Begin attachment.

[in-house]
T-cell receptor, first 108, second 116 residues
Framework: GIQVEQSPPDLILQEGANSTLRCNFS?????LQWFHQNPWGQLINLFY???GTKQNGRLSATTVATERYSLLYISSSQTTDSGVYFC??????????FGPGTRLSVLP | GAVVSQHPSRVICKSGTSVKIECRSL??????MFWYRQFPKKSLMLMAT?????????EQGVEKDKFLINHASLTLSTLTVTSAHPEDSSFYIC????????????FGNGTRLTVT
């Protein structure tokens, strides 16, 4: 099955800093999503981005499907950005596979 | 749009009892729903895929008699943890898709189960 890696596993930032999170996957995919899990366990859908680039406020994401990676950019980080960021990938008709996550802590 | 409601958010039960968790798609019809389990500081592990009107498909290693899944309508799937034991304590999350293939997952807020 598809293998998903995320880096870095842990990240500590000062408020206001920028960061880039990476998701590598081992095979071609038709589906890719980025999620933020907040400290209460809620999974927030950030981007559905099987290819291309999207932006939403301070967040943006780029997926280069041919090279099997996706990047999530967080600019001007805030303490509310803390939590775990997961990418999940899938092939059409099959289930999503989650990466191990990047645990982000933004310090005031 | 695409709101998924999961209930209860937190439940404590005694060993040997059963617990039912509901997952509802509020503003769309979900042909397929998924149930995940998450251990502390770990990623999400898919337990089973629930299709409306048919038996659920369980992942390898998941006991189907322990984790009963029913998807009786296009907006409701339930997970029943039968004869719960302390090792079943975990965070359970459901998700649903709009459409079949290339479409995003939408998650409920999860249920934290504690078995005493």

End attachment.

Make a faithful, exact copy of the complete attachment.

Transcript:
[in-house]
T-cell receptor, first 108, second 116 residues
Framework: GIQVEQSPPDLILQEGANSTLRCNFS?????LQWFHQNPWGQLINLFY???GTKQNGRLSATTVATERYSLLYISSSQTTDSGVYFC??????????FGPGTRLSVLP | GAVVSQHPSRVICKSGTSVKIECRSL??????MFWYRQFPKKSLMLMAT?????????EQGVEKDKFLINHASLTLSTLTVTSAHPEDSSFYIC????????????FGNGTRLTVT
């Protein structure tokens, strides 16, 4: 099955800093999503981005499907950005596979 | 749009009892729903895929008699943890898709189960 890696596993930032999170996957995919899990366990859908680039406020994401990676950019980080960021990938008709996550802590 | 409601958010039960968790798609019809389990500081592990009107498909290693899944309508799937034991304590999350293939997952807020 598809293998998903995320880096870095842990990240500590000062408020206001920028960061880039990476998701590598081992095979071609038709589906890719980025999620933020907040400290209460809620999974927030950030981007559905099987290819291309999207932006939403301070967040943006780029997926280069041919090279099997996706990047999530967080600019001007805030303490509310803390939590775990997961990418999940899938092939059409099959289930999503989650990466191990990047645990982000933004310090005031 | 695409709101998924999961209930209860937190439940404590005694060993040997059963617990039912509901997952509802509020503003769309979900042909397929998924149930995940998450251990502390770990990623999400898919337990089973629930299709409306048919038996659920369980992942390898998941006991189907322990984790009963029913998807009786296009907006409701339930997970029943039968004869719960302390090792079943975990965070359970459901998700649903709009459409079949290339479409995003939408998650409920999860249920934290504690078995005493």